Peptidase C12, ubiquitin carboxyl-terminal hydrolase (IPR001578)
Short name: Peptidase_C12_UCH
- Peptidase C12, ubiquitin carboxyl-terminal hydrolase (IPR001578)
- Ubiquitinyl hydrolase-L5 (IPR033837)
This group of cysteine peptidases belong to the MEROPS peptidase family C12 (ubiquitin C-terminal hydrolase family, clan CA). Families within the CA clan are loosely termed papain-like as protein fold of the peptidase unit resembles that of papain, the type example for clan CA. The type example is the human ubiquitin C-terminal hydrolase UCH-L1.
Ubiquitin is highly conserved, commonly found conjugated to proteins in eukaryotic cells, where it may act as a marker for rapid degradation, or it may have a chaperone function in protein assembly [PMID: 7845226]. The ubiquitin is released by cleavage from the bound protein by a protease [PMID: 7845226]. A number of deubiquitinising proteases are known: all are activated by thiol compounds [PMID: 7845226, PMID: 3015923], and inhibited by thiol-blocking agents and ubiquitin aldehyde [PMID: 7845226, PMID: 3031653], and as such have the properties of cysteine proteases [PMID: 7845226].
The deubiquitinsing proteases can be split into 2 size ranges (20-30 kDa and 100-200 kDa, IPR001394) [PMID: 7845226]: this group are the 20-30 kDa peptides which includes the yeast yuh1. Yeast yuh1 protease is known to be active only against small ubiquitin conjugates, being inactive against conjugated beta-galactosidase [PMID: 7845226]. A mammalian homologue, UCH (ubiquitin conjugate hydrolase), is one of the most abundant proteins in the brain [PMID: 7845226]. Only one conserved cysteine can be identified, along with two conserved histidines. The spacing between the cysteine and the second histidine is thought to be more representative of the cysteine/histidine spacing of a cysteine protease catalytic dyad [PMID: 7845226].
A cysteine peptidase is a proteolytic enzyme that hydrolyses a peptide bond using the thiol group of a cysteine residue as a nucleophile. Hydrolysis involves usually a catalytic triad consisting of the thiol group of the cysteine, the imidazolium ring of a histidine, and a third residue, usually asparagine or aspartic acid, to orientate and activate the imidazolium ring. In only one family of cysteine peptidases, is the role of the general base assigned to a residue other than a histidine: in peptidases from family C89 (acid ceramidase) an arginine is the general base. Cysteine peptidases can be grouped into fourteen different clans, with members of each clan possessing a tertiary fold unique to the clan. Four clans of cysteine peptidases share structural similarities with serine and threonine peptidases and asparagine lyases. From sequence similarities, cysteine peptidases can be clustered into over 80 different families [PMID: 11517925]. Clans CF, CM, CN, CO, CP and PD contain only one family.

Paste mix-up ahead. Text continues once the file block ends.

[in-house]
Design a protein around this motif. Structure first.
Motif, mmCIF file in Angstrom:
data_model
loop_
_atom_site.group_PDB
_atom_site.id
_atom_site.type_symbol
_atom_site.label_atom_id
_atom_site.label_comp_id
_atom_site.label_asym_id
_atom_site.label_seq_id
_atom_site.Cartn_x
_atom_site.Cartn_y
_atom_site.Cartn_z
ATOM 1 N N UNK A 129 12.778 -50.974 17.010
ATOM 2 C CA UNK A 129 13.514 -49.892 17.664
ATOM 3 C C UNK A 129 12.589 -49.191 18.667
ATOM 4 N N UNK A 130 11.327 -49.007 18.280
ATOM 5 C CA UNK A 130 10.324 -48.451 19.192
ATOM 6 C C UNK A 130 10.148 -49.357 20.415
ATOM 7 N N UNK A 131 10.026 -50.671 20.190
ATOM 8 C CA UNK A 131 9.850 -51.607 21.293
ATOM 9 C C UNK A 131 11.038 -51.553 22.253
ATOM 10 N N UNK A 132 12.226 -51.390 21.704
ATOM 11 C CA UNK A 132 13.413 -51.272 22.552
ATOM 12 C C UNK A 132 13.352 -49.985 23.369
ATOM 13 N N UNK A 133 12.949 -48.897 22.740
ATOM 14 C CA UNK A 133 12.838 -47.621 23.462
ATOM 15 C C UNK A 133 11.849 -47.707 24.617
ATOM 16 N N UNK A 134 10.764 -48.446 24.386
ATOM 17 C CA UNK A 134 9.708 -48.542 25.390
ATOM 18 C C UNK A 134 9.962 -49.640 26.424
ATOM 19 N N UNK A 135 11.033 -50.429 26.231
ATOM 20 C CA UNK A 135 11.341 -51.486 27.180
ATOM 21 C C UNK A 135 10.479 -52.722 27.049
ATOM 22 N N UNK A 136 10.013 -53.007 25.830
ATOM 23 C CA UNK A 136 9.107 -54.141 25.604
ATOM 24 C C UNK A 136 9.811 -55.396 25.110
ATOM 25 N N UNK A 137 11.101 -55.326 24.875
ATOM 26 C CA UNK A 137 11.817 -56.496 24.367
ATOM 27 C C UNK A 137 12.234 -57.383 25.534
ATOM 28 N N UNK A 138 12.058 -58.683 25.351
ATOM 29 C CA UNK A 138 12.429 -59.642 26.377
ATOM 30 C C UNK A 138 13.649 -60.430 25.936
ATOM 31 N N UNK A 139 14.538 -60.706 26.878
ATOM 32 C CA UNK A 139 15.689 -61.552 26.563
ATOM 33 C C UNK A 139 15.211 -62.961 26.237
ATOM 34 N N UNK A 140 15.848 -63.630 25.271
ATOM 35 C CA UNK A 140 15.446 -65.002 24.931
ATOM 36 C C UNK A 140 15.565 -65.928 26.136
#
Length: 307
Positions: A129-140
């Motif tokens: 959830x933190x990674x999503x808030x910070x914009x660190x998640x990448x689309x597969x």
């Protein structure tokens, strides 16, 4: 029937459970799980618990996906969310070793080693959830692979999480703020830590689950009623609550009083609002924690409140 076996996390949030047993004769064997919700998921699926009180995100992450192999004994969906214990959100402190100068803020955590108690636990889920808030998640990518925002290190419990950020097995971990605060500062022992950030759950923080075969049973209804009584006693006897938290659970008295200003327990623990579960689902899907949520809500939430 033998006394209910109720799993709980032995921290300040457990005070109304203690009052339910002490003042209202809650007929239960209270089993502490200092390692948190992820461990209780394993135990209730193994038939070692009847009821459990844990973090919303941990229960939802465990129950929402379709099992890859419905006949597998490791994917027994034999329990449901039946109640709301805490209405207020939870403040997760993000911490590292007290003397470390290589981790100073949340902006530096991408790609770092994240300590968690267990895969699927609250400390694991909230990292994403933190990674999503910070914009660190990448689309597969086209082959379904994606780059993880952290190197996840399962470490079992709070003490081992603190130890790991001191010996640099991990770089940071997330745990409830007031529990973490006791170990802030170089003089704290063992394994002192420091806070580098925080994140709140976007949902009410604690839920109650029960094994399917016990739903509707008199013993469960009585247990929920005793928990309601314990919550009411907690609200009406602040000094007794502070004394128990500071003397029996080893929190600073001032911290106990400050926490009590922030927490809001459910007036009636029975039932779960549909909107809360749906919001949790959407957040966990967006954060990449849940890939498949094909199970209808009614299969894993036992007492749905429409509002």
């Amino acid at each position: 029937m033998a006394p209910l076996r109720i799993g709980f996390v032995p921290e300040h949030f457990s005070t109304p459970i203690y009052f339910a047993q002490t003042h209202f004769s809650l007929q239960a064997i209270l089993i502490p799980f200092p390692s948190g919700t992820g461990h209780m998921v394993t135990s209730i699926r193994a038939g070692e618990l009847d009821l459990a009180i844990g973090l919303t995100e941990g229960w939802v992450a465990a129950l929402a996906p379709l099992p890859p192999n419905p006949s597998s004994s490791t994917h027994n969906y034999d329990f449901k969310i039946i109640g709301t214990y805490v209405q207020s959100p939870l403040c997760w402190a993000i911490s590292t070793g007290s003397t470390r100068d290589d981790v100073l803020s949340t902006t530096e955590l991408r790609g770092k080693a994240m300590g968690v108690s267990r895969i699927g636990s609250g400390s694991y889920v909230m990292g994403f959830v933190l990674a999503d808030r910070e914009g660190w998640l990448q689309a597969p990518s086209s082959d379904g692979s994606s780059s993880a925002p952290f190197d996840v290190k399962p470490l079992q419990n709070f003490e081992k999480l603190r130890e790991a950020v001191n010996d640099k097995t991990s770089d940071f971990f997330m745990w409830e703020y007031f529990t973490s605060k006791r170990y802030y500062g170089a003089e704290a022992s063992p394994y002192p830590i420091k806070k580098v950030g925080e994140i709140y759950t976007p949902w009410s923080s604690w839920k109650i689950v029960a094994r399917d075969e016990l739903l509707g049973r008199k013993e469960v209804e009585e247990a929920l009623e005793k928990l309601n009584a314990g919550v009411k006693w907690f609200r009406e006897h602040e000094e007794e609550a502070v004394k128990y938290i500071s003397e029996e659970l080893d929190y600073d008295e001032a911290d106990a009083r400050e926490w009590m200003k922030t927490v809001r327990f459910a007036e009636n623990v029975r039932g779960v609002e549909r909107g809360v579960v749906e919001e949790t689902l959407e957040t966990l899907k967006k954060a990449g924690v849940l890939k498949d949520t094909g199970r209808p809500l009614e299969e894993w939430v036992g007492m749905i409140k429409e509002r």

Cysteine peptidases are often active at acidic pH and are therefore confined to acidic environments, such as the animal lysosome or plant vacuole. Cysteine peptidases can be endopeptidases, aminopeptidases, carboxypeptidases, dipeptidyl-peptidases or omega-peptidases. They are inhibited by thiol chelators such as iodoacetate, iodoacetic acid, N-ethylmaleimide or p-chloromercuribenzoate.
Clan CA includes proteins with a papain-like fold. There is a catalytic triad which occurs in the order: Cys/His/Asn (or Asp). A fourth residue, usually Gln, is important for stabilising the acyl intermediate that forms during catalysis, and this precedes the active site Cys. The fold consists of two subdomains with the active site between them. One subdomain consists of a bundle of helices, with the catalytic Cys at the end of one of them, and the other subdomain is a beta-barrel with the active site His and Asn (or Asp). There are over thirty families in the clan, and tertiary structures have been solved for members of most of these. Peptidases in clan CA are usually sensitive to the small molecule inhibitor E64, which is ineffective against peptidases from other clans of cysteine peptidases [PMID: 7044372].
Clan CD includes proteins with a caspase-like fold. Proteins in the clan have an alpha/beta/alpha sandwich structure. There is a catalytic dyad which occurs in the order His/Cys. The active site His occurs in a His-Gly motif and the active site Cys occurs in an Ala-Cys motif; both motifs are preceded by a block of hydrophobic residues [PMID: 9891971]. Specificity is predominantly directed towards residues that occupy the S1 binding pocket, so that caspases cleave aspartyl bonds, legumains cleave asparaginyl bonds, and gingipains cleave lysyl or arginyl bonds.
Clan CE includes proteins with an adenain-like fold. The fold consists of two subdomains with the active site between them. One domain is a bundle of helices, and the other a beta barrell. The subdomains are in the opposite order to those found in peptidases from clan CA, and this is reflected in the order of active site residues: His/Asn/Gln/Cys. This has prompted speculation that proteins in clans CA and CE are related, and that members of one clan are derived from a circular permutation of the structure of the other.
Clan CL includes proteins with a sortase B-like fold. Peptidases in the clan hydrolyse and transfer bacterial cell wall peptides. The fold shows a closed beta barrel decorated with helices with the active site at one end of the barrel [PMID: 14725770]. The active site consists of a His/Cys catalytic dyad.
Cysteine peptidases with a chymotrypsin-like fold are included in clan PA, which also includes serine peptidases. Cysteine peptidases that are N-terminal nucleophile hydrolases are included in clan PB. Cysteine peptidases with a tertiary structure similar to that of the serine-type aspartyl dipeptidase are included in clan PC. Cysteine peptidases with an intein-like fold are included in clan PD, which also includes asparagine lyases.